I read Fast Food Nation a few years ago and was shocked by what I read. This book is a more condensed version of the former, written especially for the student population, as it focuses on the way the fast food industry has changed American society, and in many ways, puts children at risk. Schlosser gives kids a look at how soda companies and fast food businesses hook children from an early age, and the impact it can have on individual health. He also presents the history of the fast food busine I read Fast Food Nation a few years ago and was shocked by what I read. This book is a more condensed version of the former, written especially for the student population, as it focuses on the way the fast food industry has changed American society, and in many ways, puts children at risk. Schlosser gives kids a look at how soda companies and fast food businesses hook children from an early age, and the impact it can have on individual health. He also presents the history of the fast food business, which serves to show how far these businesses have moved from their original business practices. This book would be a quick read for many students. Reluctant readers and avid readers who have an interest in expository writing about real issues would take to this book, because it is not a book that needs to be read in one sitting, or even sequentially. It’s a fine book to read if you have other things on your mind, because missing a few paragraphs does not diminish from the book’s overall message. I would probably recommend this book to middle school and younger-aged high school kids, because personally, I think the full version of Fast Food Nation is more powerful for older individuals in their late high school years.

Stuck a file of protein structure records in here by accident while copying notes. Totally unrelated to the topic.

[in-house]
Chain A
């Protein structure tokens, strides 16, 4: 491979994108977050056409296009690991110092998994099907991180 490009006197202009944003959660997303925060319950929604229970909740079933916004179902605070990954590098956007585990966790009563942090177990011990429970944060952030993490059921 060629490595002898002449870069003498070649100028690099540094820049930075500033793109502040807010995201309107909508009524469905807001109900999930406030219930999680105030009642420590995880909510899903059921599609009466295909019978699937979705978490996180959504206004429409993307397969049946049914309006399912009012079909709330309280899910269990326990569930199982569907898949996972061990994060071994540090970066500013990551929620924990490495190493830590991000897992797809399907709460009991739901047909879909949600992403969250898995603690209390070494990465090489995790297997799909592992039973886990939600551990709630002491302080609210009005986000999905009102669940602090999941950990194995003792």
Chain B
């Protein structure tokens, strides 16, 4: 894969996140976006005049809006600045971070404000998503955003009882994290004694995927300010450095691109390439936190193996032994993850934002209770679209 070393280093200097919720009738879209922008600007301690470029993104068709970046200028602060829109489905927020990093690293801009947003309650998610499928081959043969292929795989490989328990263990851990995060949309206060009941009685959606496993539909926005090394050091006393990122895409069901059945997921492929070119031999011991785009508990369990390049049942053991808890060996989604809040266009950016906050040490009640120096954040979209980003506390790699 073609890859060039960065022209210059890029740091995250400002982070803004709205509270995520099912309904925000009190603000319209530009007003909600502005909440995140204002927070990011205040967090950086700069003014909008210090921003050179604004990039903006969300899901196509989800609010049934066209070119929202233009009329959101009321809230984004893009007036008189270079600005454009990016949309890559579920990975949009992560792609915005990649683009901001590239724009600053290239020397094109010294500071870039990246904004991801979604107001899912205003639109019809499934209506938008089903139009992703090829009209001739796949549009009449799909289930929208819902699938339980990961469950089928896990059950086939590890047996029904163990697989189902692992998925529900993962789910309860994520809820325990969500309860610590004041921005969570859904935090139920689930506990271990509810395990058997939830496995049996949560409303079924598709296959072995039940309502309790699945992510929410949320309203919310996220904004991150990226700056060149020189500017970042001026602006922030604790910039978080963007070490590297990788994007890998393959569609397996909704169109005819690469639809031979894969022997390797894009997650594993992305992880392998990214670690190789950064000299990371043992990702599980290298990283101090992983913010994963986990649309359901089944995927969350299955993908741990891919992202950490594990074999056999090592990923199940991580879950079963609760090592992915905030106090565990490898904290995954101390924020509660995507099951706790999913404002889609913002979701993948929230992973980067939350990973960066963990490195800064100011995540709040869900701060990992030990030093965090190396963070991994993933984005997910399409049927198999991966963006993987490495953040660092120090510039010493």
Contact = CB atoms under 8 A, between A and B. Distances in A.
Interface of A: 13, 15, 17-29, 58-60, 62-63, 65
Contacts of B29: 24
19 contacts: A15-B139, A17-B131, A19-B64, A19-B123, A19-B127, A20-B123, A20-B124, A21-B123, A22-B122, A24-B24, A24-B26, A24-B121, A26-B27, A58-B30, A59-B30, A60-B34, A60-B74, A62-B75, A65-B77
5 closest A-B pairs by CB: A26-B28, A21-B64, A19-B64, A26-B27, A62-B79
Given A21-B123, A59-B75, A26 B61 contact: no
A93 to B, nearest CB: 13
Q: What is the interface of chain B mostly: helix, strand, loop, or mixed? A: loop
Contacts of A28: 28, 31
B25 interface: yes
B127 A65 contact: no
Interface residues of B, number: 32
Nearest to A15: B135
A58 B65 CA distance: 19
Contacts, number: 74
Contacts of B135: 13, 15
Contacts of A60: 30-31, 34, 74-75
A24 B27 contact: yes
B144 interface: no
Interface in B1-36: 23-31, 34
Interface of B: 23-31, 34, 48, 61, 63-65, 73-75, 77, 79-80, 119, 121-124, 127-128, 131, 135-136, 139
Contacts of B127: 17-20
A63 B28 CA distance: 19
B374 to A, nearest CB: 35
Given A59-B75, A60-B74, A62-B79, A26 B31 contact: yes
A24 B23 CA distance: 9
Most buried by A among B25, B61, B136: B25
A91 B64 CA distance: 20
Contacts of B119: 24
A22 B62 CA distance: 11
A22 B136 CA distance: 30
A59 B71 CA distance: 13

15. 5 out of 5

    Seyoon choi